kota, even that cut and in the shock
being destroyed. Many of the hail
stons were from three to four inches in
Maurice Brennan, who is under ar
rest at St. Louis, charged with being
a dynamiter, was inilentined as one of
the men connected with the blowing
up of the stieet cais in the southern
part of the city several weeks ago.
Theodore Roosevelt will not visit the
Pacific ooast.
Shanghai has word that the Pekin le-
agtions were desperately attacked Aug
ust a. i
In a collision near Colorado Springs,
Colo., two passengers were killed and
five injured.
President Kruger has applied for a
temporary asylum in the American
consulate at Lourenco Marques.
C. P. Huntington, president of the
Snnt.linrn Pacific railroad, died in the
Adirondacks, N. Y., of heart disease.
The armv of the Philippines elected
General F. V. Greene president, Gen
eral 0. Summers as second vice-,
The clothing factory of K. B. Olson
& Co , of Chicago, was destroyed by
fire, with a loss on buildings and goods
of $95,000.
Contractors are making close exam
ination of the route for the Klamath
Falls railway, preparatory to signing
the contract.
Sroamer Dentschland made the run
from New York to Plymouth, England,
in 5 days, 11 hours and 45 minutes,
breaking the record.
Tom Sharkev
have been matched to fight'' August 25
before the Coney Island Club for a
purse of $25,000. Charley wnite is to
be referee.
Th nnestion of making the perma
nent rAllftirfl nil the Oregon at home in
stead of in Japan has been discussed by
some of the authorities oi tne navy ue-
imrtment and inav result in her Demg
brought back to the Pacific coast.
The official report of the Colombian
.,r,i,t nnmmnnder in the recent
battle at Panama says the rebel casual
ties were 600 and those oi tne govern
ment 100. The commander intimates
that the consuls favored the rebels, and
that their intervention was dangerous
and pernicious.
The detective bureau of ew xorx
Citv. is looking for Antonio Pesce, a
banker, with offices in that city, nt
has mysteriously disappeared. ntoron
nf excited Italian depositors have
thronged Pesce's offices, and it is re
ported to the police tnas we uauaor
has gone to Italy, taking with hiui
$16,000. '
Petroleum fields of some importance
are being opened in Japan.
Belgium is one of the few countries
which the deatn penany, wjuuKU
part of the criminal coae, is neyor
iforced, in deference to public opm-
iree women, the wives of famous
, have been accorded tne nonor
; iVoctminfiter AbbeT. They
iriai ui -
Lady Palmerston, Lady Augusta
iv. wife of in etaniey,
Count Ton Waldersee started for
Roumania and Bulgaria aje on the
verge of war.
The emperor and empress duwager
have left Pekin.
Senator Stewart, of Nevada, will
support McKinley.
A tornado did great damage in sev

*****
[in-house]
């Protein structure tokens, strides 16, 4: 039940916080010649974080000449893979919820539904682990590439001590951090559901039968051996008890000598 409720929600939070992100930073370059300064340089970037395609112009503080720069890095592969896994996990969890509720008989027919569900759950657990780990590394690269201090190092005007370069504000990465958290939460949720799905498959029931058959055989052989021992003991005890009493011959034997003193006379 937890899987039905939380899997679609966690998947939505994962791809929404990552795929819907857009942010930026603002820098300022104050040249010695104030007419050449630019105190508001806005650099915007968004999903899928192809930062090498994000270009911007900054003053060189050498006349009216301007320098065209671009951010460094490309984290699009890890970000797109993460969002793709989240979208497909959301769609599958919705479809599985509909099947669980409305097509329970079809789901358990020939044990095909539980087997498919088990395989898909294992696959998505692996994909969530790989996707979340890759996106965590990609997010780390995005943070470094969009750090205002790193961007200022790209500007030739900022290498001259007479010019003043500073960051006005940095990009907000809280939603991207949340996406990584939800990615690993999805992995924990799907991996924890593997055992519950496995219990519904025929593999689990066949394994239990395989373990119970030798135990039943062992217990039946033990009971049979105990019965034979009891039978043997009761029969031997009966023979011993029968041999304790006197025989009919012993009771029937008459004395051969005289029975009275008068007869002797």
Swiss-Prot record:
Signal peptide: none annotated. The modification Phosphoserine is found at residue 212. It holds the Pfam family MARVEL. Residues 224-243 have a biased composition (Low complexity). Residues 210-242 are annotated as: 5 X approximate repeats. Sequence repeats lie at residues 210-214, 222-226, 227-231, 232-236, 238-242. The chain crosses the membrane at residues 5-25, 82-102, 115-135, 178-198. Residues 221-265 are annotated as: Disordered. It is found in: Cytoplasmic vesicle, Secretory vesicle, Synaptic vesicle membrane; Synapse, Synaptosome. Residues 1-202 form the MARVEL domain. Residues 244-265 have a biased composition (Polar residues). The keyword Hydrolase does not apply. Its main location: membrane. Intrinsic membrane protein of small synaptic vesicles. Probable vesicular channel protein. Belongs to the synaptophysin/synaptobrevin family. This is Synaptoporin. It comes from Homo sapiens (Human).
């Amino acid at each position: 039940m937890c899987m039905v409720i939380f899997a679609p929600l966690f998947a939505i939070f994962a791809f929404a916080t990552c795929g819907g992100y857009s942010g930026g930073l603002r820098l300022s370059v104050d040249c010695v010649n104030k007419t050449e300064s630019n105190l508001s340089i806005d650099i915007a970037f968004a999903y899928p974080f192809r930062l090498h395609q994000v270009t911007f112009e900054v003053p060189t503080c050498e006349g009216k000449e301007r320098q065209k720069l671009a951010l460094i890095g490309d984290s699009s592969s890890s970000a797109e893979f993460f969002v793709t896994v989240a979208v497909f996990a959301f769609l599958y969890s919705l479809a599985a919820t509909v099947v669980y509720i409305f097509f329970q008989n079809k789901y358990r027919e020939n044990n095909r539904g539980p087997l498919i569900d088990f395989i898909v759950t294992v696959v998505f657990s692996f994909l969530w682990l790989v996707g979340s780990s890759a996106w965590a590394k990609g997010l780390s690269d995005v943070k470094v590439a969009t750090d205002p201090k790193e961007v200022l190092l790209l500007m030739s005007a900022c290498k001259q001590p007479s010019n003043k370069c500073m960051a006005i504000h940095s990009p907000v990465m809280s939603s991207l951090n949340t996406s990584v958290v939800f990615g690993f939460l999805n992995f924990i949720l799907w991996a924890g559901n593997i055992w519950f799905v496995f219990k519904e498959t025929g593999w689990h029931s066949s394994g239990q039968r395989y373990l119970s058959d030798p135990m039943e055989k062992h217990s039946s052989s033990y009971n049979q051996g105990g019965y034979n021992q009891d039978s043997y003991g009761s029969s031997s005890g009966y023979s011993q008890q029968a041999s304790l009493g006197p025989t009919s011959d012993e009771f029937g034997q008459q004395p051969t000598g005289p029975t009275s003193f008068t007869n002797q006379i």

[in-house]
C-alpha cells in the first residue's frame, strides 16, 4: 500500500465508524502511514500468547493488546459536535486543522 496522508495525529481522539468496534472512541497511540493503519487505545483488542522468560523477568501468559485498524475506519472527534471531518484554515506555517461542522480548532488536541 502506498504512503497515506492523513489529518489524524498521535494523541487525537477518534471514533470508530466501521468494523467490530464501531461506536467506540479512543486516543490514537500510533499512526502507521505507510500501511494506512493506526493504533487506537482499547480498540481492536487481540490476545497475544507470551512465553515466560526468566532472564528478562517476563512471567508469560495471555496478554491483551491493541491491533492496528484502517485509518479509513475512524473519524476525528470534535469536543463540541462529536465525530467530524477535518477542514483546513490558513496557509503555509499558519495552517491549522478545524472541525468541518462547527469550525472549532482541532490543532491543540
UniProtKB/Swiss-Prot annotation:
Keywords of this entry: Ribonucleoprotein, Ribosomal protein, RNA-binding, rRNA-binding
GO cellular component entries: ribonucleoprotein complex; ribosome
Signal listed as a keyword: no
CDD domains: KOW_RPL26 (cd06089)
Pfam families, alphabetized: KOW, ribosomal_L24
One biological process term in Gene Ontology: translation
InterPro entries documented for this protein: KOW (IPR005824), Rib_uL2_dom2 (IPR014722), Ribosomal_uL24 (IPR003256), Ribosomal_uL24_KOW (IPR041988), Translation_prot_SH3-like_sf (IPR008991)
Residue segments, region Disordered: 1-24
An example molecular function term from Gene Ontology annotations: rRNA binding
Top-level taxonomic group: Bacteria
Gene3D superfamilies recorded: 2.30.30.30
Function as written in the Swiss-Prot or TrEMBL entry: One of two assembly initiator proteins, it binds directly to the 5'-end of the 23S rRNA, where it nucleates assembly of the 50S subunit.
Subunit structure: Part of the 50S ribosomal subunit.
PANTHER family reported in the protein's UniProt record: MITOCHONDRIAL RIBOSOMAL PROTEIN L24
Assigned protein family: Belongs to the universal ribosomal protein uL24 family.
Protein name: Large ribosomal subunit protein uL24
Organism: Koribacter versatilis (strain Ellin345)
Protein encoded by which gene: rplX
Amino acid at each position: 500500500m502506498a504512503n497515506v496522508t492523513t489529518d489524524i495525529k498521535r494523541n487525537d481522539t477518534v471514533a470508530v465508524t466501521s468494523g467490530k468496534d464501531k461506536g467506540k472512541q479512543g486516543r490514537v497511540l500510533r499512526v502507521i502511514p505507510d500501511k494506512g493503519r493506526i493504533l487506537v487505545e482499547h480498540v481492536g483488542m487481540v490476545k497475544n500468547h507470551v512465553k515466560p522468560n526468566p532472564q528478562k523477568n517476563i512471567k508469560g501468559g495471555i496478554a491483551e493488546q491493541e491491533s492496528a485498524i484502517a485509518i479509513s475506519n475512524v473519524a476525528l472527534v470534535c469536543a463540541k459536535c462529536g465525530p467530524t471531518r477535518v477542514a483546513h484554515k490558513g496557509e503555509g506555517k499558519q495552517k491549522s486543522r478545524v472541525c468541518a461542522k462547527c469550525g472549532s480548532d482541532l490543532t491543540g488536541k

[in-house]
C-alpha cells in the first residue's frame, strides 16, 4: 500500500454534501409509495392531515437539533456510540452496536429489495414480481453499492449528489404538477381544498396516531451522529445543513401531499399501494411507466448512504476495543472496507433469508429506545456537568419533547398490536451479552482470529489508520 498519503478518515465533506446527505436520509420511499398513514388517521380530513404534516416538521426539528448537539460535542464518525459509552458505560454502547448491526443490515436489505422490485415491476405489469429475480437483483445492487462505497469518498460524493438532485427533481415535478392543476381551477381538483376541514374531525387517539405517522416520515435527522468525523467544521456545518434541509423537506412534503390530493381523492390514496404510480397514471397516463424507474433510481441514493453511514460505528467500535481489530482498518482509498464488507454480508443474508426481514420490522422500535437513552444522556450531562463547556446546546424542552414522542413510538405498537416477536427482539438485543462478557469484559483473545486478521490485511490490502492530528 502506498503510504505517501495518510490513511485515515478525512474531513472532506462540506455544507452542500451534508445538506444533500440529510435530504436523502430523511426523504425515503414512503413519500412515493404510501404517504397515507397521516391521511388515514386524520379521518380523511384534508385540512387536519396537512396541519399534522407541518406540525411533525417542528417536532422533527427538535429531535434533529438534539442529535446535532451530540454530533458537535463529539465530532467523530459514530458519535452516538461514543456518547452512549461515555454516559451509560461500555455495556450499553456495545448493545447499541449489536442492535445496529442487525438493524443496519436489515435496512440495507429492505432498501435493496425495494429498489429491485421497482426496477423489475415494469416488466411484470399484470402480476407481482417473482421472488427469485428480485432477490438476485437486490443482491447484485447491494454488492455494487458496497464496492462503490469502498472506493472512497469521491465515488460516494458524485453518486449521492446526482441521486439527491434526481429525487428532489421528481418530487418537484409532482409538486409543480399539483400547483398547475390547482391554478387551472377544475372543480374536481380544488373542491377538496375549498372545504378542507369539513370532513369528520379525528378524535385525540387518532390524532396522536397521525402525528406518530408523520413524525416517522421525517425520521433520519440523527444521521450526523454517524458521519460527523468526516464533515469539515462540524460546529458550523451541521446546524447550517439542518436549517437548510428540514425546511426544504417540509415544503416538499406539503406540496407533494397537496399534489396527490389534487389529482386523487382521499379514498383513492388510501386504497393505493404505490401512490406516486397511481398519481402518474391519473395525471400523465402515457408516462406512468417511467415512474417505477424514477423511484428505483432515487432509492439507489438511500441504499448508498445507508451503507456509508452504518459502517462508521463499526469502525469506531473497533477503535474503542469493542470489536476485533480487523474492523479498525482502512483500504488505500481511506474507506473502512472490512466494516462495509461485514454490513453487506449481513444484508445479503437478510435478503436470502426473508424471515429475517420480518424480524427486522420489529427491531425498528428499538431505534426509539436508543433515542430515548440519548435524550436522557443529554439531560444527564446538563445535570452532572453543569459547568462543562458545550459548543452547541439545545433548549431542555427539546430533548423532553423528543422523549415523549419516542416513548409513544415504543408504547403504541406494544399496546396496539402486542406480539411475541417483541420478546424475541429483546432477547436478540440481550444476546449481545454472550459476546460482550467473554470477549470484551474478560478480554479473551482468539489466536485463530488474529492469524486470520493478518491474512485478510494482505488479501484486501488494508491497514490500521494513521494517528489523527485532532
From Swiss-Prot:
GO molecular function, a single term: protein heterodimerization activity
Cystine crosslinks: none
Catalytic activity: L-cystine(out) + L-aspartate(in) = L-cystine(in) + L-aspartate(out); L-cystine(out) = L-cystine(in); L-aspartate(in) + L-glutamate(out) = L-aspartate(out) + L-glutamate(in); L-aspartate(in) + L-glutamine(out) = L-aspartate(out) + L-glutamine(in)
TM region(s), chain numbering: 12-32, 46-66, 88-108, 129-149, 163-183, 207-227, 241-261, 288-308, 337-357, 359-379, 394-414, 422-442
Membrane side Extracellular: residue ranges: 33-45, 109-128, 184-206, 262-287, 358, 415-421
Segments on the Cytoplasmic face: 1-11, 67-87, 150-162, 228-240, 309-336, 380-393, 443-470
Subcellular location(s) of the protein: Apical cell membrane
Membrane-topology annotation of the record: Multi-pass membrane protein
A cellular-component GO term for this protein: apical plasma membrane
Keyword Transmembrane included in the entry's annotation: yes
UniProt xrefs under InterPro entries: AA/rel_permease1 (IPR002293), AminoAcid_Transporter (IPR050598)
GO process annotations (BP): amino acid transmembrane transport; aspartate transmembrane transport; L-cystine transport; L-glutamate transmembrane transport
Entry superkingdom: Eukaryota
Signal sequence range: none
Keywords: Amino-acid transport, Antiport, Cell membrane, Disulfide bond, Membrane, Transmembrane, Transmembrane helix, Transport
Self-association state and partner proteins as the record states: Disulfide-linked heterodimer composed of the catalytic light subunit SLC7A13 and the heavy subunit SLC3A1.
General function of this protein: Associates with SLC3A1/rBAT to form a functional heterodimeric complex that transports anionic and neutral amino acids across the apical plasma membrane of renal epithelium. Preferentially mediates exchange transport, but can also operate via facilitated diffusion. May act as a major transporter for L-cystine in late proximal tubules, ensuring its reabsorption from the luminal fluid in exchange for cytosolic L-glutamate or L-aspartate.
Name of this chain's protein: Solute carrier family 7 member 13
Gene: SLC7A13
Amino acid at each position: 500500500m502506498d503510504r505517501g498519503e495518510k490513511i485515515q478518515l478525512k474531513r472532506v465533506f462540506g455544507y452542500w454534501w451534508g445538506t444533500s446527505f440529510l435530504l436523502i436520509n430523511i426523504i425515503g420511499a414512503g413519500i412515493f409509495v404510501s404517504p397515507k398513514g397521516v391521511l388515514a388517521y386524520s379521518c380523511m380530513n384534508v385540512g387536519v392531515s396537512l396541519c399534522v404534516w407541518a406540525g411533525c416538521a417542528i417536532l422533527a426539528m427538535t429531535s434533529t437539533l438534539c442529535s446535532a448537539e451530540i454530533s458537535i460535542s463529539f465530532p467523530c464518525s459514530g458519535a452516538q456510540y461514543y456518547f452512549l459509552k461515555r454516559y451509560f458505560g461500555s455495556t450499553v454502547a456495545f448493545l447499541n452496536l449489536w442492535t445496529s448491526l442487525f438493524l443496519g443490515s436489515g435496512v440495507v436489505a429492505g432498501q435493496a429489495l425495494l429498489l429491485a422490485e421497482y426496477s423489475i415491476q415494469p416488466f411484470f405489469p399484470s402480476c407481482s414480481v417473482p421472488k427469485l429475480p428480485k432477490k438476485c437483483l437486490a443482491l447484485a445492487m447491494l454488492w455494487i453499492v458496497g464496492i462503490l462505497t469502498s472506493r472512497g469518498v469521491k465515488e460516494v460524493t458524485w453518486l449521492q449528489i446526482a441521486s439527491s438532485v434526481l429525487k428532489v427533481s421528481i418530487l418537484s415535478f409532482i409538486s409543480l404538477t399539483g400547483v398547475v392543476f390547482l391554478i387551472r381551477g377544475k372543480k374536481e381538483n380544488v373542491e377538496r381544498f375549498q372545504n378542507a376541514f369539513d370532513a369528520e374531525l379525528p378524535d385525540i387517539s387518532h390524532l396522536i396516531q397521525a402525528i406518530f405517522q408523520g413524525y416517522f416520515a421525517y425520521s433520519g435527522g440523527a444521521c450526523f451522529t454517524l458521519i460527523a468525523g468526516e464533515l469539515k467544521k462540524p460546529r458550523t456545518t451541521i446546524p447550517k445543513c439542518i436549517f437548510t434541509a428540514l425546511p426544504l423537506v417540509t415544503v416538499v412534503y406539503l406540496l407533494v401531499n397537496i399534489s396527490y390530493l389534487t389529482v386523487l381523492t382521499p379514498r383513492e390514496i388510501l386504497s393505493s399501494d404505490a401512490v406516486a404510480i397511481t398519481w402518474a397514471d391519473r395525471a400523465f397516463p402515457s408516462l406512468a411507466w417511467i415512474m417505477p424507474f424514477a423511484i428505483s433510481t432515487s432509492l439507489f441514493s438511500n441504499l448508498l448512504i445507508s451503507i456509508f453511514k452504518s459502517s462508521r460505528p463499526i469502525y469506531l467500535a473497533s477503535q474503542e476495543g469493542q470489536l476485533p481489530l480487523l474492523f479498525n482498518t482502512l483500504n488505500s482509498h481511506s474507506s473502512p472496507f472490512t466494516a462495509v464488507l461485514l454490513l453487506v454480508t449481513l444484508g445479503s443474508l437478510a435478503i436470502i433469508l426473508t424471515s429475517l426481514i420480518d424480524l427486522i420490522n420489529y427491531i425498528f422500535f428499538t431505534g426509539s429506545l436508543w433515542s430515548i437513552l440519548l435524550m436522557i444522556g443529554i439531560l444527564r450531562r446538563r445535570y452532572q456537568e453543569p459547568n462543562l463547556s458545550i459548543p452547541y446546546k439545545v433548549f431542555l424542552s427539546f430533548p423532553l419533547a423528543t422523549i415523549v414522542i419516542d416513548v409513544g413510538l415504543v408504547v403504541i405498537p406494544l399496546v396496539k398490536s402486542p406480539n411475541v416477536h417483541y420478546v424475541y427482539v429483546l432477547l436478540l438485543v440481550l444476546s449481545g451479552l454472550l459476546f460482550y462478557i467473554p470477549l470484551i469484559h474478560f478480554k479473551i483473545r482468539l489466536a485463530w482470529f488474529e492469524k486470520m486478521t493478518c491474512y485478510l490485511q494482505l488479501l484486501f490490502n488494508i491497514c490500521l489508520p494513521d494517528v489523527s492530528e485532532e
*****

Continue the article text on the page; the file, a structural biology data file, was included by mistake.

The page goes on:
eral Wisconsin towns.
Ex-Senator John J. Ingalls left an
estate valued at $250,000.
Japanese are beginning to distrust
the Continental Europeans.
Chicago's population as shown by
the United States census, is 1,698,575.
More rebels are reported to have sur
rendered in the United Mates of Co
lombia. A drunken Kansas doctor killed three
persons, and was Bhot dead by a sher
iff's son.
William M. Johnson, of New Jersey,
succeeds Perry Heath as assistant
Lord Roberts issued a proclamation
prescribing severe penalties for Boers
who violate their oaths.
Estimates of the shortage in the
Pacific coast salmon pack vary between
600,000 and 1,000,000 cases.
A' posoffice employe killed a Kansas
City woman and wounded her husband
as a result of a quarrel over rent.
The Chinese government asks that
Conger or some other American be ap
pointed to open peace negotiations.
The Willamette valley hop crop is
practically out of danger. The yield
will be heavy and prices, re advancing.
The state Board of agriculture orders
the erection of 150 additional stalls for
livestock exhibit at the state fair at
Salem, Or.
Caleb Powers, ex-secretary of state
of Kentucky, issued a statement in
which he declares his innocence, and
says he had a poltical trial.
The reported of the plague in Manila
for the two weeks ending July 17, a
just reported to the marine hospitu
service, is seven new ciibbs and five
deaths. Ot the new cases four were
Filipinos and three Chinese.
The Kansas City firemen, in a class
created at the Paris exposition for paid
firemen, won the world's champion
ship cup. The officers received gold
medals, and silver medals and the
money prize, 600 francs, was divided
among the officers and men. The min
ister of war. General Andre, presented
the prizes to Captain Hale, Portugal
won the volunteer championship.
American troops shared in the as
sault on Pekin.
Fire in Wellington, Ohio, caused a
loss of $50,000.
Frenchmen accuse England of dupli
city at Shanghai.
Unirrigated crops in Idaho are suf'
fering fiom drouth.
Another attempt was made to assas
sinate the shah of Persia.
The Typographical Union has refused
to enter the political field.
Two persons were killed in an acci
dent at the Paris exposition.
The population of Greater New York
is shown by the census to be 3,487, 302
Four deaths and 15 prostrations as a
result of another hot wave in Chicago.
Steel mills at Wilmington, Dela
ware, shut down, affecting 1,500 men
The Shanghai muddle is beginning to
assume a serious aspect, international
tioops being landed.
Puget sound salmon pack for this
season is about 199,000 cases, compared
With 528,000 for 1899.
Philip Koenigberger, a New York
tobacco dealer, cut his throat m a bar
ber shop in San Francisco.